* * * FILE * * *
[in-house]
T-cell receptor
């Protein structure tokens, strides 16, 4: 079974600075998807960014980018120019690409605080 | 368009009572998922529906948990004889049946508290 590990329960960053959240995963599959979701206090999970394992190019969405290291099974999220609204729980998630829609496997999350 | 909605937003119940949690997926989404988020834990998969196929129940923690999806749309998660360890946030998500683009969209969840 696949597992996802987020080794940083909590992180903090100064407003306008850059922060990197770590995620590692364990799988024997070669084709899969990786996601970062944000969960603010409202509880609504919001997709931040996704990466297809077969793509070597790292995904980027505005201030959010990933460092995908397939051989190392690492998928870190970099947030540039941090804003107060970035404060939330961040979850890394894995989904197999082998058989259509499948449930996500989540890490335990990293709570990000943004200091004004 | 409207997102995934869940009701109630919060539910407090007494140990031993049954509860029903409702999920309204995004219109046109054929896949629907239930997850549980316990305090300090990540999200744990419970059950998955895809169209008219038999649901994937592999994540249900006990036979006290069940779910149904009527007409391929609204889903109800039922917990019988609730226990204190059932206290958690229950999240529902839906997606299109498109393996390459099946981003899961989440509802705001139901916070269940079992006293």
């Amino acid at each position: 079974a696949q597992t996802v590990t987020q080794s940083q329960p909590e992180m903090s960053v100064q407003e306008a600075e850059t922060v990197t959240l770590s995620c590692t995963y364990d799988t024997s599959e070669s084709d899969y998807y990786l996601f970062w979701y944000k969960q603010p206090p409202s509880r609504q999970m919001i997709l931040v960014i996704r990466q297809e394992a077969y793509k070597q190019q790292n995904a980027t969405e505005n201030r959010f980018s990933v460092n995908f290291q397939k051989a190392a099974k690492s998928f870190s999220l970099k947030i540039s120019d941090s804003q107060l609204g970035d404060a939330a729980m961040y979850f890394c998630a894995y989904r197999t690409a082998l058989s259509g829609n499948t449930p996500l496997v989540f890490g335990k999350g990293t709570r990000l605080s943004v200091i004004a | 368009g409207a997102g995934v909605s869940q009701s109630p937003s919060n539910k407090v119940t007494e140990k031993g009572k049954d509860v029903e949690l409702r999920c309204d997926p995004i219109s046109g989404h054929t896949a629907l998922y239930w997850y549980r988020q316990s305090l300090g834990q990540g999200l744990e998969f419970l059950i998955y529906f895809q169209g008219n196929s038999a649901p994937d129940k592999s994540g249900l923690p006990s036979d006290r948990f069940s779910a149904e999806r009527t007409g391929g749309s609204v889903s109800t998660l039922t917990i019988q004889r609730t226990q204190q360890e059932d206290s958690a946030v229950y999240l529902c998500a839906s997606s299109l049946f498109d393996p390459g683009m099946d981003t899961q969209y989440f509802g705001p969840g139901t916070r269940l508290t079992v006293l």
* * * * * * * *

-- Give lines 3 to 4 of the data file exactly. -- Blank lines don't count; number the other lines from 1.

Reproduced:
């Protein structure tokens, strides 16, 4: 079974600075998807960014980018120019690409605080 | 368009009572998922529906948990004889049946508290 590990329960960053959240995963599959979701206090999970394992190019969405290291099974999220609204729980998630829609496997999350 | 909605937003119940949690997926989404988020834990998969196929129940923690999806749309998660360890946030998500683009969209969840 696949597992996802987020080794940083909590992180903090100064407003306008850059922060990197770590995620590692364990799988024997070669084709899969990786996601970062944000969960603010409202509880609504919001997709931040996704990466297809077969793509070597790292995904980027505005201030959010990933460092995908397939051989190392690492998928870190970099947030540039941090804003107060970035404060939330961040979850890394894995989904197999082998058989259509499948449930996500989540890490335990990293709570990000943004200091004004 | 409207997102995934869940009701109630919060539910407090007494140990031993049954509860029903409702999920309204995004219109046109054929896949629907239930997850549980316990305090300090990540999200744990419970059950998955895809169209008219038999649901994937592999994540249900006990036979006290069940779910149904009527007409391929609204889903109800039922917990019988609730226990204190059932206290958690229950999240529902839906997606299109498109393996390459099946981003899961989440509802705001139901916070269940079992006293």
């Amino acid at each position: 079974a696949q597992t996802v590990t987020q080794s940083q329960p909590e992180m903090s960053v100064q407003e306008a600075e850059t922060v990197t959240l770590s995620c590692t995963y364990d799988t024997s599959e070669s084709d899969y998807y990786l996601f970062w979701y944000k969960q603010p206090p409202s509880r609504q999970m919001i997709l931040v960014i996704r990466q297809e394992a077969y793509k070597q190019q790292n995904a980027t969405e505005n201030r959010f980018s990933v460092n995908f290291q397939k051989a190392a099974k690492s998928f870190s999220l970099k947030i540039s120019d941090s804003q107060l609204g970035d404060a939330a729980m961040y979850f890394c998630a894995y989904r197999t690409a082998l058989s259509g829609n499948t449930p996500l496997v989540f890490g335990k999350g990293t709570r990000l605080s943004v200091i004004a | 368009g409207a997102g995934v909605s869940q009701s109630p937003s919060n539910k407090v119940t007494e140990k031993g009572k049954d509860v029903e949690l409702r999920c309204d997926p995004i219109s046109g989404h054929t896949a629907l998922y239930w997850y549980r988020q316990s305090l300090g834990q990540g999200l744990e998969f419970l059950i998955y529906f895809q169209g008219n196929s038999a649901p994937d129940k592999s994540g249900l923690p006990s036979d006290r948990f069940s779910a149904e999806r009527t007409g391929g749309s609204v889903s109800t998660l039922t917990i019988q004889r609730t226990q204190q360890e059932d206290s958690a946030v229950y999240l529902c998500a839906s997606s299109l049946f498109d393996p390459g683009m099946d981003t899961q969209y989440f509802g705001p969840g139901t916070r269940l508290t079992v006293l």